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Lombardi receives $7.5 million grant for Breast Cancer Center for Cancer Systems Biology

Washington, DC Scientists at the Lombardi Comprehensive Cancer Center at Georgetown University Medical Center (GUMC) were awarded a five-year $7.5 million grant to tease apart in the most comprehensive way ever devised the role of a single protein receptor in breast cells in cancer development and treatment. This protein determines which women will develop the most common kind of breast cancer and how she will fare during her treatment. The researchers' ultimate goal is to develop more advanced and better targeted therapies.

"We're combining the strengths of top scientists in this large-scale team science approach to achieve a new level of understanding of the estrogen receptor. That will allow us to make more meaningful predictions about clinical treatment of breast cancer and to be able to correctly identify new targets for therapy," says Robert Clarke, PhD, DSc, a professor of oncology and physiology & biophysics at Lombardi, and interim director of GUMC's Biomedical Graduate Research Organization. Clarke is the principal investigator of the new Center.

The National Cancer Institute (NCI) awarded the grant to Clarke and his team, which includes Leena Hilakivi-Clarke, PhD, professor of oncology at Lombardi; and Louis M. Weiner, MD, Lombardi's director. Georgetown joins ten other institutions across the United States to house a prestigious Center for Cancer Systems Biology.

"These centers represent a unique multidisciplinary union of outstanding scientists and clinicians who will work to unravel the complexities of cancer through the novel application of technology and mathematical modeling. Their discoveries and models will be critical to our continued success in understanding and treating this disease," said Dan Gallahan, PhD, program director for the NCI's Integrative Cancer Biology Program.

"This program is part of the next generation of cancer research, in that it will approach the disease from a holistic or comprehensive viewpoint in order to understand how all of the components of the disease fit together," said John E. Niederhuber, MD, NCI director.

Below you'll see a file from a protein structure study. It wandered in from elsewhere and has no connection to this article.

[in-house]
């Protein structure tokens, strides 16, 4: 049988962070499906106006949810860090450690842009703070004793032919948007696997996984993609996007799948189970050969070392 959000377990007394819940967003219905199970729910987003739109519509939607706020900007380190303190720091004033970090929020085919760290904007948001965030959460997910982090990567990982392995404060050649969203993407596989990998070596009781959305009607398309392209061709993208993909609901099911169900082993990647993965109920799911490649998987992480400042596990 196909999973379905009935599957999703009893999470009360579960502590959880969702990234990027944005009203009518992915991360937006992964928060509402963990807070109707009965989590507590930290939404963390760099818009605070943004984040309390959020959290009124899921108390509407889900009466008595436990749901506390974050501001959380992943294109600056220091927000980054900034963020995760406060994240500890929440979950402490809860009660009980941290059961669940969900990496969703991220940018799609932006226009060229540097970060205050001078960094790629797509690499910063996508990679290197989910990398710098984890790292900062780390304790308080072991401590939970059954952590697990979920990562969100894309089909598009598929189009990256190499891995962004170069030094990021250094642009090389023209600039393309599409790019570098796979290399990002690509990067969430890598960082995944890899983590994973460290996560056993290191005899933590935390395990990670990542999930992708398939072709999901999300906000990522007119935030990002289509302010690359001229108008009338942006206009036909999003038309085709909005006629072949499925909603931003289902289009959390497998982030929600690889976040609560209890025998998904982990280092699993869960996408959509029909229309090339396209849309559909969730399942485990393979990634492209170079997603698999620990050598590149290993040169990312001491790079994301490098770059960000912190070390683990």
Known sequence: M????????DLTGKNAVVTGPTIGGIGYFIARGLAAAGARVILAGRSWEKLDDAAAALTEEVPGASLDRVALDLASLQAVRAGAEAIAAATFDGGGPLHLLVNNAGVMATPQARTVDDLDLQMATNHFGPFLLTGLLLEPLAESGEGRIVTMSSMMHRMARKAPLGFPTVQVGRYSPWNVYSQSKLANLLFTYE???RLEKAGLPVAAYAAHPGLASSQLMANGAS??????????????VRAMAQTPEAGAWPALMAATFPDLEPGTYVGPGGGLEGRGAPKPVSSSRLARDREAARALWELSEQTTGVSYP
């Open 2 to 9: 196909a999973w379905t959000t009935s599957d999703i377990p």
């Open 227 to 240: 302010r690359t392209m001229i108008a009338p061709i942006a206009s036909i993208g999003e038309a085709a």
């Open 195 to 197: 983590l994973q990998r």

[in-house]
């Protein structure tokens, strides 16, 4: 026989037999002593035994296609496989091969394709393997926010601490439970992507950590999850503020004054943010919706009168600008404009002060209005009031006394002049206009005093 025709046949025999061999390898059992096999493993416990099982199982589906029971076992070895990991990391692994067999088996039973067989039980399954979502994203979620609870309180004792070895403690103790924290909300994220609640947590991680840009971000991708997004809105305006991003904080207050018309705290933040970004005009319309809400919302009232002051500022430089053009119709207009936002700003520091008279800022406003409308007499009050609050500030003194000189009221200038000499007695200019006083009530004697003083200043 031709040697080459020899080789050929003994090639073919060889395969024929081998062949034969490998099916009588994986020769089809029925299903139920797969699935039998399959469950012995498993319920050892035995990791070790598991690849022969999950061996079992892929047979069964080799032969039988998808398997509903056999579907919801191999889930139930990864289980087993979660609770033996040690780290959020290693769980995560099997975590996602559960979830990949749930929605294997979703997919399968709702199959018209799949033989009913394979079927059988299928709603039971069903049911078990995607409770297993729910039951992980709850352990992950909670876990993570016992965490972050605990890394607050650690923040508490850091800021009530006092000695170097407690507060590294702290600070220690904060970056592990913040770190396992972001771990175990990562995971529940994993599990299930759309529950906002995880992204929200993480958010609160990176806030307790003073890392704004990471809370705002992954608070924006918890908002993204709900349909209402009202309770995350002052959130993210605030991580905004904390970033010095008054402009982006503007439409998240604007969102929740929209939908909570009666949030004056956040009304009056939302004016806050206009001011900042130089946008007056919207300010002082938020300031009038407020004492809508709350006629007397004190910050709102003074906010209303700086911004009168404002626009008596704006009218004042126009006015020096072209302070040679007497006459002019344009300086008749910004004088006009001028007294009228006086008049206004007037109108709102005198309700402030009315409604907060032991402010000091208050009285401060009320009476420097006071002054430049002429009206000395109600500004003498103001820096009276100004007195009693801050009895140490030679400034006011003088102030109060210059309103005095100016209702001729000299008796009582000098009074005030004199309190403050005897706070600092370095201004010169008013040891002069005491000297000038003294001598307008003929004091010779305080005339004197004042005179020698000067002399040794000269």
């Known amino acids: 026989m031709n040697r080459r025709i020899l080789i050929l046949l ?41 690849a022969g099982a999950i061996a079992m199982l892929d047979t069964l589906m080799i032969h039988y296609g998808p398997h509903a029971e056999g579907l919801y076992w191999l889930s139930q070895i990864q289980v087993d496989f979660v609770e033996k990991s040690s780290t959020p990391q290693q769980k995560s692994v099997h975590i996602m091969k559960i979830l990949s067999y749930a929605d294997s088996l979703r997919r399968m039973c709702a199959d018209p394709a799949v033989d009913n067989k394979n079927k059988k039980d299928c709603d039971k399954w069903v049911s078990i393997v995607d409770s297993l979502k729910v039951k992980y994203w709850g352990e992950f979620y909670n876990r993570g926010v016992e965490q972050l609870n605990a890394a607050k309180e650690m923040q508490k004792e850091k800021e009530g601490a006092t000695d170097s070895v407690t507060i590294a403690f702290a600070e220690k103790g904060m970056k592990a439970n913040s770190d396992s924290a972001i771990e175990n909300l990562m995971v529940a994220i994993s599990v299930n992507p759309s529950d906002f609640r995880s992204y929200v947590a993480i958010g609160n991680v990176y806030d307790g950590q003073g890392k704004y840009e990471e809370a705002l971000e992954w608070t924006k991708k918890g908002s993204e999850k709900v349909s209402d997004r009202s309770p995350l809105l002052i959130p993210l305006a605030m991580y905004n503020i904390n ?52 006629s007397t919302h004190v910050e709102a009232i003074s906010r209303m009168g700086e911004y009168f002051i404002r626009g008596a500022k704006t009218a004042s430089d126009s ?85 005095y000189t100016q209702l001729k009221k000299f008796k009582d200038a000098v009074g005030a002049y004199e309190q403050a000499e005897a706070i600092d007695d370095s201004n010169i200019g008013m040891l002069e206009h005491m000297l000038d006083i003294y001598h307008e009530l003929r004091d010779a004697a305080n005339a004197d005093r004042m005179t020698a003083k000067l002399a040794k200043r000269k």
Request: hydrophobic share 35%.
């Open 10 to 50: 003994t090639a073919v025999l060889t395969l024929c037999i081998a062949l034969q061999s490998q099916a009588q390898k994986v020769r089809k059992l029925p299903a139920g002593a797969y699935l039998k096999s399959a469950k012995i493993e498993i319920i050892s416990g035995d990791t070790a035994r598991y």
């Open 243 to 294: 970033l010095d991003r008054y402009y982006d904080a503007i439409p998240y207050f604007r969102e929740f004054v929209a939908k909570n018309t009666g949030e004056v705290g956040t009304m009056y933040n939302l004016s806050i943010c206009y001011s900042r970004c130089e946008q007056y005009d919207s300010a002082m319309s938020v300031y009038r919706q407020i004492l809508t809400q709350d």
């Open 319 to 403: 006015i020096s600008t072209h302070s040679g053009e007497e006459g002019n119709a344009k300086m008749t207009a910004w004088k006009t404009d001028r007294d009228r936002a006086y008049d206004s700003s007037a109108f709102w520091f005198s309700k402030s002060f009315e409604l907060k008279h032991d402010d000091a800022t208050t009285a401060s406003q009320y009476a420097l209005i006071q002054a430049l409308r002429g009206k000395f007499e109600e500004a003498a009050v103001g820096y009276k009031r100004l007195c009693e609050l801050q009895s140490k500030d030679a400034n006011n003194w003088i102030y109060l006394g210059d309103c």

Under the leadership of Howard Federoff, MD, PhD, executive vice president for health sciences at Georgetown, GUMC has rapidly moved into systems medicine, which is the application of systems biology to translation medicine with an ultimate goal of preventing or delaying illness, or managing it at the earliest stage possible. Both systems biology and systems medicine involve understanding a combination of factors, including genetics, lifestyle, environmental, that conspire to produce biological disorder.

In this grant, researchers at Lombardi will work with scientists at Virginia Tech and Fox Chase Cancer Center to understand how molecular signals from the estrogen receptor a protein in breast cancer cells that recognizes and binds the estrogen hormone and directs the cell's response to estrogen contribute to development and progression of breast cancer.

"We are so excited about this opportunity," Clarke says. "This is truly a systems approach to understanding a process that is fundamental to most breast cancer cases, and at the end of the day, we want to make things better for women with breast cancer."

The American Cancer Society estimates that in 2009, 192,000 women were newly diagnosed with invasive breast cancer, and approximately 70 percent of these cases are considered to be estrogen receptor-positive (ER+), implying that estrogen and its receptor drives the disease. Also in 2009, the Society estimated that more than 40,000 women are expected to die from breast cancer which is one breast cancer death on average every 13 minutes.

Most of the gene and proteins regulated by the estrogen receptor are unknown, and the molecular effects of therapies such as anti-hormonal drugs, like tamoxifen, are also largely unidentified, says Clarke. "This gene network ultimately regulates the choice of a cell to live or die in the face of stresses induced by endocrine therapies," he says.

To help understand the flow of signals from the estrogen receptor, Lombardi, Virginia Tech and Fox Chase Cancer Center will work as a collaborative team. Lombardi will focus on biology, examining cell cultures, mammary tumors in animals and patient breast tumors to decide ER+ molecular signaling systems, Virginia Tech scientists will build mathematical models to predict the behavior of those genes and proteins, and Fox Chase researchers will test what happens when specific genes and proteins are knocked out.

"Ultimately we will have a mathematical model to predict how the estrogen receptor system functions," Clarke says. "In the model, you can take out a gene and see how the system adjusts. That will allow us to identify good targets for therapy.

"Our part is to understand how breast cancer cells use the signaling from the estrogen receptor to survive and proliferate and make more copies of themselves and why in some tumors, you can block these signals with drugs, and they will die back, but then become resistant and grow back," says Clarke.


Contact: Karen Mallet
Georgetown University Medical Center

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